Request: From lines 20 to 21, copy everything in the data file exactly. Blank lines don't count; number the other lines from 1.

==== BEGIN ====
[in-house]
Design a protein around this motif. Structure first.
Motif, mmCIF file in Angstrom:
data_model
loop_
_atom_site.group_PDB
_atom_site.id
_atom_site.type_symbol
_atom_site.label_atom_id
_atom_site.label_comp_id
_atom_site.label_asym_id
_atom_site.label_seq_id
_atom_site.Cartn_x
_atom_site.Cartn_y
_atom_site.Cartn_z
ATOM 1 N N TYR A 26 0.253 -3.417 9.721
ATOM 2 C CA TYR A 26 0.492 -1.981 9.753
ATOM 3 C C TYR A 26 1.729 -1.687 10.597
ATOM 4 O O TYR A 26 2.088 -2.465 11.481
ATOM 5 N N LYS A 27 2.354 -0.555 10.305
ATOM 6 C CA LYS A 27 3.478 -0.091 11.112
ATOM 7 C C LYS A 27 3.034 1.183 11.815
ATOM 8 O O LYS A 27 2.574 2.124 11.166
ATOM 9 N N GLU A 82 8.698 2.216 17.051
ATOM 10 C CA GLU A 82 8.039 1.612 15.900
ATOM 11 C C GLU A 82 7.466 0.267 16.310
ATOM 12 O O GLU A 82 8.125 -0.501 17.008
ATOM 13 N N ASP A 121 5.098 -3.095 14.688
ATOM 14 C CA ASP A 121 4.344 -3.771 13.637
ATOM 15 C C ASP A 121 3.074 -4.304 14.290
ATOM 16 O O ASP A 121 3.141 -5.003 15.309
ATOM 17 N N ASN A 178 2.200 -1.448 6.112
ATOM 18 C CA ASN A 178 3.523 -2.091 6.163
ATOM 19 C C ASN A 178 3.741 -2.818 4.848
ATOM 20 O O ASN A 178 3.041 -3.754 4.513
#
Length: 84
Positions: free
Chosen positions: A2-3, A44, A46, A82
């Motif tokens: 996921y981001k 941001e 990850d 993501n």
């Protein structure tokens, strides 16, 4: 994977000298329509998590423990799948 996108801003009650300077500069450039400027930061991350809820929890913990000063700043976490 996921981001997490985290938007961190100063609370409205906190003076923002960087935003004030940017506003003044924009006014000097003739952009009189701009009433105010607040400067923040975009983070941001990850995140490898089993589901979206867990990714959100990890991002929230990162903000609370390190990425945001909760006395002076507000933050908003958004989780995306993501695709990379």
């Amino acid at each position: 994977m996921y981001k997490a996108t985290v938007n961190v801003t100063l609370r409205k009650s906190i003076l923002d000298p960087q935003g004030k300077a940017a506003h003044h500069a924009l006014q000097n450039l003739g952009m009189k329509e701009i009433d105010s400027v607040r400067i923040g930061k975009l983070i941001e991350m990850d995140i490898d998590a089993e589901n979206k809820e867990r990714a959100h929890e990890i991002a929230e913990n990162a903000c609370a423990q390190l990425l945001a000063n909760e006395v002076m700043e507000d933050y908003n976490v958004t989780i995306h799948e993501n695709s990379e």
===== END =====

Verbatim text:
ATOM 5 N N LYS A 27 2.354 -0.555 10.305
ATOM 6 C CA LYS A 27 3.478 -0.091 11.112